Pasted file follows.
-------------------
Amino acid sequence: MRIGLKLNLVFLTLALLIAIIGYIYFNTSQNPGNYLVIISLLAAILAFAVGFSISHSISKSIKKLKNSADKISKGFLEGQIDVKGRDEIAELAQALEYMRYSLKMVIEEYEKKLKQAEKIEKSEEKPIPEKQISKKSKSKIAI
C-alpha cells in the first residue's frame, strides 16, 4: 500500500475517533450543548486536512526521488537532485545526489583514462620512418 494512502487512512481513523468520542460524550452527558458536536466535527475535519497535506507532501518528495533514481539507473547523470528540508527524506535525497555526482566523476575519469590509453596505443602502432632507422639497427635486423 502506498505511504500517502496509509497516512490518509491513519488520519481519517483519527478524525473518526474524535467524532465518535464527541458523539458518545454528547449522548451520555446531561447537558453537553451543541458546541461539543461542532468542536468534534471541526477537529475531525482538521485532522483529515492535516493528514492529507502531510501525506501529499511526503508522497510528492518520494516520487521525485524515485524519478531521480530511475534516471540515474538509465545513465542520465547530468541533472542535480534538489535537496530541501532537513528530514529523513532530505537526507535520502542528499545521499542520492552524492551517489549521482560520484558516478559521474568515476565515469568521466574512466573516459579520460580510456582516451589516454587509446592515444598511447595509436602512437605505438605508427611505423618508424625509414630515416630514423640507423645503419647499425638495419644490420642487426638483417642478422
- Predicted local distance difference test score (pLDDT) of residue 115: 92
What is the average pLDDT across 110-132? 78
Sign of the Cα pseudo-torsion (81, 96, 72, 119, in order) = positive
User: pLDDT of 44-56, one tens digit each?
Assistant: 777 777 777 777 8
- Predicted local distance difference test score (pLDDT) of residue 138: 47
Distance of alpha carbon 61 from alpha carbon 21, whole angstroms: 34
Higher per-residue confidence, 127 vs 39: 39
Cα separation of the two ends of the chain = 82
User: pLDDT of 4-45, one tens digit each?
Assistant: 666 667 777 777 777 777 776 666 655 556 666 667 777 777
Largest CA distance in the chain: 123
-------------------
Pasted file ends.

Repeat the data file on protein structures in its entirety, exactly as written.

Amino acid sequence: MRIGLKLNLVFLTLALLIAIIGYIYFNTSQNPGNYLVIISLLAAILAFAVGFSISHSISKSIKKLKNSADKISKGFLEGQIDVKGRDEIAELAQALEYMRYSLKMVIEEYEKKLKQAEKIEKSEEKPIPEKQISKKSKSKIAI
C-alpha cells in the first residue's frame, strides 16, 4: 500500500475517533450543548486536512526521488537532485545526489583514462620512418 494512502487512512481513523468520542460524550452527558458536536466535527475535519497535506507532501518528495533514481539507473547523470528540508527524506535525497555526482566523476575519469590509453596505443602502432632507422639497427635486423 502506498505511504500517502496509509497516512490518509491513519488520519481519517483519527478524525473518526474524535467524532465518535464527541458523539458518545454528547449522548451520555446531561447537558453537553451543541458546541461539543461542532468542536468534534471541526477537529475531525482538521485532522483529515492535516493528514492529507502531510501525506501529499511526503508522497510528492518520494516520487521525485524515485524519478531521480530511475534516471540515474538509465545513465542520465547530468541533472542535480534538489535537496530541501532537513528530514529523513532530505537526507535520502542528499545521499542520492552524492551517489549521482560520484558516478559521474568515476565515469568521466574512466573516459579520460580510456582516451589516454587509446592515444598511447595509436602512437605505438605508427611505423618508424625509414630515416630514423640507423645503419647499425638495419644490420642487426638483417642478422
- Predicted local distance difference test score (pLDDT) of residue 115: 92
What is the average pLDDT across 110-132? 78
Sign of the Cα pseudo-torsion (81, 96, 72, 119, in order) = positive
User: pLDDT of 44-56, one tens digit each?
Assistant: 777 777 777 777 8
- Predicted local distance difference test score (pLDDT) of residue 138: 47
Distance of alpha carbon 61 from alpha carbon 21, whole angstroms: 34
Higher per-residue confidence, 127 vs 39: 39
Cα separation of the two ends of the chain = 82
User: pLDDT of 4-45, one tens digit each?
Assistant: 666 667 777 777 777 777 776 666 655 556 666 667 777 777
Largest CA distance in the chain: 123